Discuss the admissibility of an evidence given by the accomplice under the provisions of Indian Evidence Act, 1872.
Section 133 of the Indian Evidence Act, 1872, deals with the provisions of an admissibility of evidence given by the accomplice. According to section 133 of Indian Evidence Act, 1872, an accomplice is a competent witness against the accused and his testimony can be admitted by the court even without corroborating it with the other independent witnesses.
The main question which arises here is, “what does the term ‘accomplice’ mean?”
The term ‘accomplice’ has not been defined anywhere under Indian Evidence Act, 1872. But according to Black Law’s dictionary an ‘accomplice’ is a person who participates in the guilty act alongwith other wrongdoers.
In the leading case of Chandan vs. Emperor (All 1930), the Hon’ble court defined the term ‘accomplice’ as one who is associated with an offender or offenders in the commission of a crime or one who knowingly or voluntarily helps and cooperates with others in the commission of the crime.
According to the Hon’ble court the term ‘accomplice’ may include all particeps criminis i.e., a partner in crime and a person who is a guilty associate in a crime or who has a relation to the criminal act that can be jointly indicated with the principal criminal is an accomplice.
Moreover, in the leading case of Shanker vs. State of Tamil Nadu (SC 1994), the Hon’ble court held that when an accomplice becomes an approver, he eventually becomes a prosecution witness. An approver’s evidence has to satisfy two tests. Firstly, his evidence must be reliable, and secondly, his testimony should be sufficiently corroborated.
According to section 114 ill. (b) of the Indian Evidence Act, 1872, an accomplice is unworthy of credit until his statement is corroborated with the other material witnesses.Section 133 of the Indian Evidence Act, 1872, is a rule of Evidence whereas section 114 ill. (b) of the Indian Evidence Act, 1872, is a rule of prudence.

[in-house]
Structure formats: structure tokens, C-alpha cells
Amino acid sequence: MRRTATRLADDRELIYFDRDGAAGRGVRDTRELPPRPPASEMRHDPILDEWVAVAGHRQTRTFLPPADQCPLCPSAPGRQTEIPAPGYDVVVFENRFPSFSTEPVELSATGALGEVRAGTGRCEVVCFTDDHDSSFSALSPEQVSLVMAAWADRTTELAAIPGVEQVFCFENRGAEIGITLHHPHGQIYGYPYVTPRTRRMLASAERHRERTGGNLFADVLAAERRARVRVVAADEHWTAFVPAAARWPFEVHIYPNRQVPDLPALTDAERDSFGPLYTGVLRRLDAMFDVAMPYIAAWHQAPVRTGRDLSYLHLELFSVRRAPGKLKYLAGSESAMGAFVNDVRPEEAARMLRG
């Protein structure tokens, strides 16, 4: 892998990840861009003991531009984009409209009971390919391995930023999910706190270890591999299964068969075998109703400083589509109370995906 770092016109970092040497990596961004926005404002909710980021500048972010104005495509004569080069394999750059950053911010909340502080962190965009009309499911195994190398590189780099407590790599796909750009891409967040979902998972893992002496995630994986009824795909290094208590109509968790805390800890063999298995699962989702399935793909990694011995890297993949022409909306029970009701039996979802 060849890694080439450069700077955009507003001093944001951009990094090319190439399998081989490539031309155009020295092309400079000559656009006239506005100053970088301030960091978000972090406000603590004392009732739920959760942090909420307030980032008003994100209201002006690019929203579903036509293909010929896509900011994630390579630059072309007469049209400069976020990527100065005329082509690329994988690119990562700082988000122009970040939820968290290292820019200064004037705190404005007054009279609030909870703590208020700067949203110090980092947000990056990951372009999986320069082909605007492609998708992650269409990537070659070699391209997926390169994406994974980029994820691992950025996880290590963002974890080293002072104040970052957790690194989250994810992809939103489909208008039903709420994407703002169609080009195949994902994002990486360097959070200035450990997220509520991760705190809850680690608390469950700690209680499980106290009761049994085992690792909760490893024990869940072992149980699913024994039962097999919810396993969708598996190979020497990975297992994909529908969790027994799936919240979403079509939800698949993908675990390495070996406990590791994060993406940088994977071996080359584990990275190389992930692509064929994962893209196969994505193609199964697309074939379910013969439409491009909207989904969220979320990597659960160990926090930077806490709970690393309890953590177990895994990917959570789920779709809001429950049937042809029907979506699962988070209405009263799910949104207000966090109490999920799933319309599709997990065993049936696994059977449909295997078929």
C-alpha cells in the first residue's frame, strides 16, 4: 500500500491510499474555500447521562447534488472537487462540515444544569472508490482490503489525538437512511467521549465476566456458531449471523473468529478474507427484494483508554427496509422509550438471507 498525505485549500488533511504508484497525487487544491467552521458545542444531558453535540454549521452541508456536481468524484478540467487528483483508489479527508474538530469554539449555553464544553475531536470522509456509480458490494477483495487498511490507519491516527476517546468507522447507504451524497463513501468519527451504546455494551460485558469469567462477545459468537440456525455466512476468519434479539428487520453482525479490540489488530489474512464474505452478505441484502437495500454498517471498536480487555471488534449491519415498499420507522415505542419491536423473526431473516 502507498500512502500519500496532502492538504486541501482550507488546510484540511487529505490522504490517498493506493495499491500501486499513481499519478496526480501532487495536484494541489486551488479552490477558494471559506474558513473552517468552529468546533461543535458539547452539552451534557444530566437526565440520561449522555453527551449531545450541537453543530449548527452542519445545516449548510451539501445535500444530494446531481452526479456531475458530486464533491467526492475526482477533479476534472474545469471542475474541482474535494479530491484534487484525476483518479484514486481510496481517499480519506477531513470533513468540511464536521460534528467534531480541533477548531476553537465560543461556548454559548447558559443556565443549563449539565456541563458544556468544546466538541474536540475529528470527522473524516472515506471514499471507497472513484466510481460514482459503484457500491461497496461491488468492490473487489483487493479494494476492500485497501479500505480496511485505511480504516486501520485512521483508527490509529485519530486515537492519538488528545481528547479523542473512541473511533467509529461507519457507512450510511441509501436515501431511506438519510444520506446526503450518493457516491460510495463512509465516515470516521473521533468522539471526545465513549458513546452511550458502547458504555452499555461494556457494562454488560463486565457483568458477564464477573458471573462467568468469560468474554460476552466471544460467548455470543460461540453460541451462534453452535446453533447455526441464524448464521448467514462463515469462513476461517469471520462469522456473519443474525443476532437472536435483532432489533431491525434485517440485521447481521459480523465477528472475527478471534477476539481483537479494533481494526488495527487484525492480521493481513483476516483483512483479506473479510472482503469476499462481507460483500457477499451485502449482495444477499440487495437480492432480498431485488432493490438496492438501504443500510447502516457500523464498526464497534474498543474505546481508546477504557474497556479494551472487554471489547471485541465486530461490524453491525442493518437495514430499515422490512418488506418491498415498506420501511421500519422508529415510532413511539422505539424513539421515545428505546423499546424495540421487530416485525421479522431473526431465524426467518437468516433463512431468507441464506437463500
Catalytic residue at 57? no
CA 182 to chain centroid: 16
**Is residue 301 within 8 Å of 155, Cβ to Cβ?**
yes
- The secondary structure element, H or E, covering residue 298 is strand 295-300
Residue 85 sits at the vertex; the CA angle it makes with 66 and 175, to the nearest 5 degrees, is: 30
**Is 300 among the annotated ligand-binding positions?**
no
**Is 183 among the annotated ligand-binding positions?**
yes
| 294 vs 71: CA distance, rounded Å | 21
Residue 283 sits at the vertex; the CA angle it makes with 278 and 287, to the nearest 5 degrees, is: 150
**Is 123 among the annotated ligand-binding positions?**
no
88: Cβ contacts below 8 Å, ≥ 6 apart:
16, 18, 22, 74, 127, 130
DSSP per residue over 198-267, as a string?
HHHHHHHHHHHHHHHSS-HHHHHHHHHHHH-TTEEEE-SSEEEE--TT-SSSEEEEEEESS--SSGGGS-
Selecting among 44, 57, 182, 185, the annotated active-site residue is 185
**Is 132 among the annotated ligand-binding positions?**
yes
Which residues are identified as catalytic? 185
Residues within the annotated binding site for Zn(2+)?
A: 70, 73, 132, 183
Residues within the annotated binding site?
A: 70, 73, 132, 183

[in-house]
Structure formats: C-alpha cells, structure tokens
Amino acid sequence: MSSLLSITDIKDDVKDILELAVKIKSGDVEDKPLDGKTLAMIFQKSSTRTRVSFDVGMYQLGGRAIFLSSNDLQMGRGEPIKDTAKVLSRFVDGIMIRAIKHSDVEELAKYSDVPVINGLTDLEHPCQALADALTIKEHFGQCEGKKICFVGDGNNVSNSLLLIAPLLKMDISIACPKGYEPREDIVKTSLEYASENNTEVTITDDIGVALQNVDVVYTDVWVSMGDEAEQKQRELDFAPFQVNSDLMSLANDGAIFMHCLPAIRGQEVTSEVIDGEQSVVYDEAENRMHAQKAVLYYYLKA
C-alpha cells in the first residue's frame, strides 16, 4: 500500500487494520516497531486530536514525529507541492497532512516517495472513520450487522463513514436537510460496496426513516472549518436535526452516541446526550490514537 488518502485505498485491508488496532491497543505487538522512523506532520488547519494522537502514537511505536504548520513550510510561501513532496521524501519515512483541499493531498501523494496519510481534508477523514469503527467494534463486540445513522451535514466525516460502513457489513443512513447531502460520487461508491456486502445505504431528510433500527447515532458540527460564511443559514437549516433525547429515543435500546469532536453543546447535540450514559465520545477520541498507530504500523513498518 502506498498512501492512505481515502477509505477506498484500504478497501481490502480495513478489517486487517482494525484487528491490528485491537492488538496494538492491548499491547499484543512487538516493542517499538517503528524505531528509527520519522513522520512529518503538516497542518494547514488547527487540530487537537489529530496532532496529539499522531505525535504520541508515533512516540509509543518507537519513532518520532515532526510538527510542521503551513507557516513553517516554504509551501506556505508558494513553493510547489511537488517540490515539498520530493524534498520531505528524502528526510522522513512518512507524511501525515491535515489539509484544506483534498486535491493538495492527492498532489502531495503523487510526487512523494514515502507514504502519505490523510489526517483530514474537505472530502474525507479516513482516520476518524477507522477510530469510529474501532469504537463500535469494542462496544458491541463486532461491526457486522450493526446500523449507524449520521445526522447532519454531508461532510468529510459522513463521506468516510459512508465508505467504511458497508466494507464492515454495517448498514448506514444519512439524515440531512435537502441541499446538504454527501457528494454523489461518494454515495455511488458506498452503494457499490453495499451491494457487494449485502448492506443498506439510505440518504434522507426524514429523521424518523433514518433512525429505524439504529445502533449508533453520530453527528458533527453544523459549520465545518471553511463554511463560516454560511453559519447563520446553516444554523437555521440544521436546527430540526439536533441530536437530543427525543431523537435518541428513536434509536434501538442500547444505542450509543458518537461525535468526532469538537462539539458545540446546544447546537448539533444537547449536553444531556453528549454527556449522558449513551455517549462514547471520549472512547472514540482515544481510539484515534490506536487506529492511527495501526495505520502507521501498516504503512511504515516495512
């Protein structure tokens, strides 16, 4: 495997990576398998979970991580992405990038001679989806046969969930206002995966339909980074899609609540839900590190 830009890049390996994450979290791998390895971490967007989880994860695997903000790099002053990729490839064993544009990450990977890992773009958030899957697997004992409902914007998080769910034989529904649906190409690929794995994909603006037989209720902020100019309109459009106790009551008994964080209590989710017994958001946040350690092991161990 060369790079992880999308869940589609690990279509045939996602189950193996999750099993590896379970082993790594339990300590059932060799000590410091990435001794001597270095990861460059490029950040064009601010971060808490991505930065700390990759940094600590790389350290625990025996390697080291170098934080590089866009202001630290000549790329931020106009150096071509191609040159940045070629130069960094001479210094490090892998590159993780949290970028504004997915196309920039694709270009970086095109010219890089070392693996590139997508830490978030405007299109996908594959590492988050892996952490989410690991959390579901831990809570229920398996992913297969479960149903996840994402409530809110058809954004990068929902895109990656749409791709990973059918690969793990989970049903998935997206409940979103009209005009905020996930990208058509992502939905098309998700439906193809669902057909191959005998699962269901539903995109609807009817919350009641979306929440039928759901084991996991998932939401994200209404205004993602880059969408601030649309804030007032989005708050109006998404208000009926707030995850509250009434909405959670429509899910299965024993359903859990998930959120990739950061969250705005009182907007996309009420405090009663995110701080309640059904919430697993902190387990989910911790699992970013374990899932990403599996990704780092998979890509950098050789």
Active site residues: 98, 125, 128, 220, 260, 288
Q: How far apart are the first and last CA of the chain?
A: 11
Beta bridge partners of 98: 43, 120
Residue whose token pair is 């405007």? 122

It cannot be denied by anyone that every crime is committed by an accused secretly and to secure the conviction of an accused, prosecution has to prove his case beyond reasonable doubt and sometimes due to lack of direct evidences as well as circumstantial evidences, prosecution fails to prove his case beyond reasonable doubt and that is why, court has to give benefit of doubt to an accused and he will have to be released by the court of law.
But according to the provisions of Indian Evidence Act, 1872, if two persons commit a crime jointly then both of them are considered as material witnesses against one another and if there is no witness present against both the accused persons, then rather to acquit both of them, the court can ask any of them to be an approver and if any of them becomes ready to be an approver, then the court grants him pardon and during the trial administers him an oath and then he becomes a witness against the other accused.
According to the provisions of Indian Evidence Act, 1872, while relying upon the evidence of an accomplice, the court analyses the behaviour of an accomplice, the story narrated by the accomplice etc. and if court feels that it is safe to rely upon the evidence of an accomplice, then only without corroborating it, the court can pass a judgment of conviction.
But if the court thinks that the accomplice is making a false story, then in such a case, the court will not act upon the evidence of an accomplice directly and it will take the evidences of other independent witnesses and after corroborating the evidence of an accomplice with other evidences, pronounce the judgment.
Moreover, according to the provisions of Indian Criminal System, if the court finds that after getting pardon an accomplice is not saying truth or concocting a frivolous story, then in such a case, the court can after taking the permission from the High Court of the concerned state, prosecute the accomplice for giving false evidence under section 308 of the Code of Criminal Procedure, 1973.